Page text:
This is the second installment of the necessary tips to take into account within a TV channel and how all microphones, pointers (monitoring systems), intercoms among others, should work properly.
The intermodulation effect can be momentary due to the interaction of two singers who join their microphones to make a chorus, or the case of two guitarists who approach their backs to make the most anticipated guitar solo of the night; It is at that moment where this phenomenon occurs and can affect everything we had already done in advance.
One of the points that interests us is to avoid this interaction before delivering the microphones to our musicians. For this reason the rental companies constantly have a person in charge of the microphone which is located on a rack cover stored one on top of the other, however, not being enough, many times these transmitters are turned on inside said lid due to an order we receive from the monitor engineer who wants to make a Sound check, by that time the effect will be even worse due to the number of microphones interacting with each other.
In accordance with the above we suggest always using aluminum trays which will serve so that this phenomenon of intermodulations does not affect our coordination of frequencies, the technique of aluminum trays comes from the big leagues.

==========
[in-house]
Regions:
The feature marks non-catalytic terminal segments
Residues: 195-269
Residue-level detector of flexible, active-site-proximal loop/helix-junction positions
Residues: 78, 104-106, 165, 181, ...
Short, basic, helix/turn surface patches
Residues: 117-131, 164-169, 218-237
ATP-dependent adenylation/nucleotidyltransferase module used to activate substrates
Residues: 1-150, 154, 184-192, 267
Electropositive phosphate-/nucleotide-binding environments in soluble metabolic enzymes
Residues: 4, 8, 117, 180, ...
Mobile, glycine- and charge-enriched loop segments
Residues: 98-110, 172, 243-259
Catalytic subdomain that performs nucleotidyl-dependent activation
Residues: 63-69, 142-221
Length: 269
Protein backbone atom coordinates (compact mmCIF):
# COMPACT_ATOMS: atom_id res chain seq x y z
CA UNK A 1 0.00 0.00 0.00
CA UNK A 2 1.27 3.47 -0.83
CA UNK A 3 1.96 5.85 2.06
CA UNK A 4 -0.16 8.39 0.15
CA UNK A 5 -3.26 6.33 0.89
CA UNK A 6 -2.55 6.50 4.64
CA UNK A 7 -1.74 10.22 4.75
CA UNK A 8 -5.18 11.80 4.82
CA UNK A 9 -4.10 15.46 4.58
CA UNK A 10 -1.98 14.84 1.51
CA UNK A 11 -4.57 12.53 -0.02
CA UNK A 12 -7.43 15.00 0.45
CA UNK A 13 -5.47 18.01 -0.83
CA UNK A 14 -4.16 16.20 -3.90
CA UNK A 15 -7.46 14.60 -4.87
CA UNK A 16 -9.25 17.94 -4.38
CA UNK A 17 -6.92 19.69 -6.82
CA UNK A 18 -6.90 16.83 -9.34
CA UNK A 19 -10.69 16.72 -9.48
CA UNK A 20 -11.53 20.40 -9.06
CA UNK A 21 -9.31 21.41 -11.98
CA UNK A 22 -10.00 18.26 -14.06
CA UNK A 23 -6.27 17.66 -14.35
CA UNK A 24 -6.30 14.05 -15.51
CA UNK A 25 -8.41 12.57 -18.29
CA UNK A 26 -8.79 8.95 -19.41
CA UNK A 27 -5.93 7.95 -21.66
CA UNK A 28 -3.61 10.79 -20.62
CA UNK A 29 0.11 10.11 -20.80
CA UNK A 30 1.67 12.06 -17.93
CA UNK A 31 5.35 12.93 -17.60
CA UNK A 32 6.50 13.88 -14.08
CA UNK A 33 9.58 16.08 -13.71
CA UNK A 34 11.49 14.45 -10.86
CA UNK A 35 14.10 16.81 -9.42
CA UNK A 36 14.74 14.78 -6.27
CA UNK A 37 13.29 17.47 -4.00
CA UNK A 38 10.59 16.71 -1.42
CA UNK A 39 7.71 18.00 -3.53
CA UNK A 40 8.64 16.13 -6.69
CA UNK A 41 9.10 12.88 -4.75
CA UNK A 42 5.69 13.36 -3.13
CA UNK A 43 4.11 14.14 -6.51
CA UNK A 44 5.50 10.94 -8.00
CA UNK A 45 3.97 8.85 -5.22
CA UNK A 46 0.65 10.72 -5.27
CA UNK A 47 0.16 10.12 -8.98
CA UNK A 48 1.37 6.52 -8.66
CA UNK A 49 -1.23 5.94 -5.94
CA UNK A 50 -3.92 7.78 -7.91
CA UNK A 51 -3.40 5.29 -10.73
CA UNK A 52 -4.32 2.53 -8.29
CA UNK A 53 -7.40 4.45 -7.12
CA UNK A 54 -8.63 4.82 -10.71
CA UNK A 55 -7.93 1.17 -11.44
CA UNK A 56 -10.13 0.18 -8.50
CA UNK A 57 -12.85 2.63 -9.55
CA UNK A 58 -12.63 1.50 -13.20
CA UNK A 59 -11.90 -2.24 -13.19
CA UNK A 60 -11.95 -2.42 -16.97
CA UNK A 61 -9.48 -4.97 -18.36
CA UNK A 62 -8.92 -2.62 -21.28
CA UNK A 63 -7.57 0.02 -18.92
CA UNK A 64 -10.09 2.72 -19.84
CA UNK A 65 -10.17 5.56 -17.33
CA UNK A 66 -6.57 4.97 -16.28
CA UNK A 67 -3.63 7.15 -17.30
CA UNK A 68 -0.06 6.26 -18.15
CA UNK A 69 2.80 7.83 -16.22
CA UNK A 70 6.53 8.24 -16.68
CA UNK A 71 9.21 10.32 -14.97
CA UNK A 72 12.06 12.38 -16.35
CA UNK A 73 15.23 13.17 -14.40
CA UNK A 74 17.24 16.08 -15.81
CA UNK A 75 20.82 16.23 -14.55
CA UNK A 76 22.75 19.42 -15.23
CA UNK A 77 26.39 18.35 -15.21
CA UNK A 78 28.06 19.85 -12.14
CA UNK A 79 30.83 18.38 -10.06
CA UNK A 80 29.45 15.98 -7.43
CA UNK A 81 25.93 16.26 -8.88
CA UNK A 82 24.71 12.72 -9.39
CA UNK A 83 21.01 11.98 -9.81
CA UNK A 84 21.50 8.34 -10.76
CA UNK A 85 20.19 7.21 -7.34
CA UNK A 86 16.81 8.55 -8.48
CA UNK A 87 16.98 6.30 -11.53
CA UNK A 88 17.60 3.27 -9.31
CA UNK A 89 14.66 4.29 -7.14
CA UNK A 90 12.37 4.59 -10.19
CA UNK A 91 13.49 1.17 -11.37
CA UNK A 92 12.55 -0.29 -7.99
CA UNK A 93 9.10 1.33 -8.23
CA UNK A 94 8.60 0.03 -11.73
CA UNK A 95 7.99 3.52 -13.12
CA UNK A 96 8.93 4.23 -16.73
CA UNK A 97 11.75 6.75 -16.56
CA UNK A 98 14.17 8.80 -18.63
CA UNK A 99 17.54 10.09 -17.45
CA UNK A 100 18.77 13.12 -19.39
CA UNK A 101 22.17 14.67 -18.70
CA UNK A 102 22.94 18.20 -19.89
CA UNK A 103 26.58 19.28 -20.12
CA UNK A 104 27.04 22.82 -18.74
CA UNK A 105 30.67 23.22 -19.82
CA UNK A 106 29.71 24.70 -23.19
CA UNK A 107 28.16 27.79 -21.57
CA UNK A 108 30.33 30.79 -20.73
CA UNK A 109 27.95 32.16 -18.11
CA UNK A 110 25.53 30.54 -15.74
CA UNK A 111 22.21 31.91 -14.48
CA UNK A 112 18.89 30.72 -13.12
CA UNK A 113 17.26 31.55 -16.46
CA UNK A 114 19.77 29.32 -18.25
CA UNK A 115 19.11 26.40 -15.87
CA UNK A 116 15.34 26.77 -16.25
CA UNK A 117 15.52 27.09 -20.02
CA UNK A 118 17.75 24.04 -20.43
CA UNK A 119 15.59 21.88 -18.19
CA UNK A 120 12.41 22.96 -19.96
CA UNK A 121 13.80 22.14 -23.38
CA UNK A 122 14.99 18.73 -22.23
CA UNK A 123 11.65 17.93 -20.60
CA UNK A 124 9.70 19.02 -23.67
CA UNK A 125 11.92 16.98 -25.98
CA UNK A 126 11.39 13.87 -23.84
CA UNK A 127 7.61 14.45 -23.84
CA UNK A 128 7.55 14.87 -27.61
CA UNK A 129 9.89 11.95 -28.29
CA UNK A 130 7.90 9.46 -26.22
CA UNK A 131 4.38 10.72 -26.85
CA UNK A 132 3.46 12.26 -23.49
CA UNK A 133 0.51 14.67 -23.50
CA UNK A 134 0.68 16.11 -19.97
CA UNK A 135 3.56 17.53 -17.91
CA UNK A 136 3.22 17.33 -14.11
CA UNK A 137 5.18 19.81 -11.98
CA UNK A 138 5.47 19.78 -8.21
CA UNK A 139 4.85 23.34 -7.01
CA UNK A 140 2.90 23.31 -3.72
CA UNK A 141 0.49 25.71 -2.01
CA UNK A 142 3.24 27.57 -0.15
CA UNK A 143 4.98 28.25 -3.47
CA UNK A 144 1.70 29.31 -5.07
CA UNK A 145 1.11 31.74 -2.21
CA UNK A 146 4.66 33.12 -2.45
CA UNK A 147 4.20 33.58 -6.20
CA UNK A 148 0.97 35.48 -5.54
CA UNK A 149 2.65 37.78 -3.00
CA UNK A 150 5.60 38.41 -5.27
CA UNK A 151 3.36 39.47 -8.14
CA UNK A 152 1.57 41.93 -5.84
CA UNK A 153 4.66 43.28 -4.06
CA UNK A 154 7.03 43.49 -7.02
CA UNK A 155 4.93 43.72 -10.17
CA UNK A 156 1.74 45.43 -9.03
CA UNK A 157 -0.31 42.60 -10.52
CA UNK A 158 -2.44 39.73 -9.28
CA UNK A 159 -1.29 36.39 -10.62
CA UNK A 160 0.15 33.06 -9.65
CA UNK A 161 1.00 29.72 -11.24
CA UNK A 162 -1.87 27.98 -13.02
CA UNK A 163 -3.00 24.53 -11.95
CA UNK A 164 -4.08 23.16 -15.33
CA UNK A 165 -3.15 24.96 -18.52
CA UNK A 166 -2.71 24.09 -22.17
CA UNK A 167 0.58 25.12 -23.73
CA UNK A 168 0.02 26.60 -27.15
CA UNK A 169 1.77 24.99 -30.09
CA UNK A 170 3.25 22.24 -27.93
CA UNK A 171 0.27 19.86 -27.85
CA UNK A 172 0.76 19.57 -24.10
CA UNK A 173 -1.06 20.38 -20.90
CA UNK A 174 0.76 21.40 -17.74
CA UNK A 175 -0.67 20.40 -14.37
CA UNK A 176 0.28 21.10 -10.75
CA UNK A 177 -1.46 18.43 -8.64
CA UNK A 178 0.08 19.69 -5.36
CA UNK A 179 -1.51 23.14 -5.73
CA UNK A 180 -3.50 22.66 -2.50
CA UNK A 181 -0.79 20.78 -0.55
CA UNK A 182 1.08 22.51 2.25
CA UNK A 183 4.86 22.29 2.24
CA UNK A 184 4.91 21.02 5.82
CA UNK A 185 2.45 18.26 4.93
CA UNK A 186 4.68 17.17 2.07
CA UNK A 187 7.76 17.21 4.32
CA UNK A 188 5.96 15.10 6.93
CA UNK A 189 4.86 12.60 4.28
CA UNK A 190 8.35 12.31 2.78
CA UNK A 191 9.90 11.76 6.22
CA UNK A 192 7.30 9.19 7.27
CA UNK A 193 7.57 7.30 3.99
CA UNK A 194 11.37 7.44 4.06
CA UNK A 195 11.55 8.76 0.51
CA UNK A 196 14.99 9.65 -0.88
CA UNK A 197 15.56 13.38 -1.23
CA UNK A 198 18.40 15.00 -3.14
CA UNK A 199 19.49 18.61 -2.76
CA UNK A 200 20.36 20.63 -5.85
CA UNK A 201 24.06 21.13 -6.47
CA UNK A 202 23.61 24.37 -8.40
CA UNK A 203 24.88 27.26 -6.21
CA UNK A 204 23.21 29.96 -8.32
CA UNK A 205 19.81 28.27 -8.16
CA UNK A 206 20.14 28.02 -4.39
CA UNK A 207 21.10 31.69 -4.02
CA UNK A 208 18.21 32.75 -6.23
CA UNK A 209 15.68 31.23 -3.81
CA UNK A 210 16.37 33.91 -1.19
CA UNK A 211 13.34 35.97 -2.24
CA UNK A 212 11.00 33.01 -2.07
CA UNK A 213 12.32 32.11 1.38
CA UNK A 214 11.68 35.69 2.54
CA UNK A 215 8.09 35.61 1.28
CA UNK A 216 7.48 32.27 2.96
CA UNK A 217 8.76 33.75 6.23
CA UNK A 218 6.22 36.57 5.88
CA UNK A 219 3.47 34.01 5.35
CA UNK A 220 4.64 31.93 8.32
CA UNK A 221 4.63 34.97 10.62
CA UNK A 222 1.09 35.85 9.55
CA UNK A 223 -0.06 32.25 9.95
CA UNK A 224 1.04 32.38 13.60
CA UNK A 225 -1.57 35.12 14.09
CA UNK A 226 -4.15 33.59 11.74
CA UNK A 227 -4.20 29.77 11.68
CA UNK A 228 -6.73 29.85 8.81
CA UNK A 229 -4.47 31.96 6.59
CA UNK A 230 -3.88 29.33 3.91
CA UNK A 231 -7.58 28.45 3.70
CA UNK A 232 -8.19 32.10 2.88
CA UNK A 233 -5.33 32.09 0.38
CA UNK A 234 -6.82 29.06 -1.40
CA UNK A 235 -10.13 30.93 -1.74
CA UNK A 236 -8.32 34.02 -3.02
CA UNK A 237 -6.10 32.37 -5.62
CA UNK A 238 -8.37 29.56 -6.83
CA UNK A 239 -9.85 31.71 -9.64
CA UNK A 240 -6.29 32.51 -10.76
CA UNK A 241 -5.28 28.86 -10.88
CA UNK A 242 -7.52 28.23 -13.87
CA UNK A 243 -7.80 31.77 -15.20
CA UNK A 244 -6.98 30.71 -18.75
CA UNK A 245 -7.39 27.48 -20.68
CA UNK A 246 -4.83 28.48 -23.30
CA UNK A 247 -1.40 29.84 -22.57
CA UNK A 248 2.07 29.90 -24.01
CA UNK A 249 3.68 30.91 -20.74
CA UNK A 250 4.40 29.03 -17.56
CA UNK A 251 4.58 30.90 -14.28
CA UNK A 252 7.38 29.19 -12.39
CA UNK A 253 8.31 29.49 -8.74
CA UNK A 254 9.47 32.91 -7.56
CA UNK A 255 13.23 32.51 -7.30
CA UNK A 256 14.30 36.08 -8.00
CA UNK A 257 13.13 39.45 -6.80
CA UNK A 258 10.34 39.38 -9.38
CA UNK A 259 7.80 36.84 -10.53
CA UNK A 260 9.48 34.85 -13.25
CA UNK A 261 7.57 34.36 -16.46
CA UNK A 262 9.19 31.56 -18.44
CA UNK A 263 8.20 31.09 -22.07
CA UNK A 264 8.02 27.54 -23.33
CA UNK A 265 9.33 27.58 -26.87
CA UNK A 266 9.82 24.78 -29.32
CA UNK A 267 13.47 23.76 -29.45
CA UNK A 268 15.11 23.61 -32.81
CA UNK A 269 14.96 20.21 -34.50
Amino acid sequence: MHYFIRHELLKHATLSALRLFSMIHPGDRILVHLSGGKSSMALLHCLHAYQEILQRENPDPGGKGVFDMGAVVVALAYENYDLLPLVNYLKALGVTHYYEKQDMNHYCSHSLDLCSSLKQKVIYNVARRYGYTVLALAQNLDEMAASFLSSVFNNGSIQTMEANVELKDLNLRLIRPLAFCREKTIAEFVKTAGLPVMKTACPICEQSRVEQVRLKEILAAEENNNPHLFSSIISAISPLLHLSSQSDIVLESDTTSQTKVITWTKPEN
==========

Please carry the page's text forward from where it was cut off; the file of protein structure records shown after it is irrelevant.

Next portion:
"Of all the tools I carry in a show, aluminum trays make the biggest difference."
I have worked in professional audio with different versions of wireless microphones such as the 6000 system or the EW G4 series among others, and I find that multiple transmitters are kept one after the other behind the scenes, turned on, waiting for audio signals, resulting in harmful intermodulation that destroyed hours of careful coordination work and the ability to accurately monitor RF levels.
Technologies such as the D6000 digital system or the D9000 digital system will provide better system performance, being more linear than those systems of older and analog technology. Turning on transmitters and putting them all together will no longer be a problem, we will be able to occupy 6 MHz spaces with multiple microphones reducing the distance between the carriers without them conflicting and much less without generating intermodulation products due to the proximity between transmitters.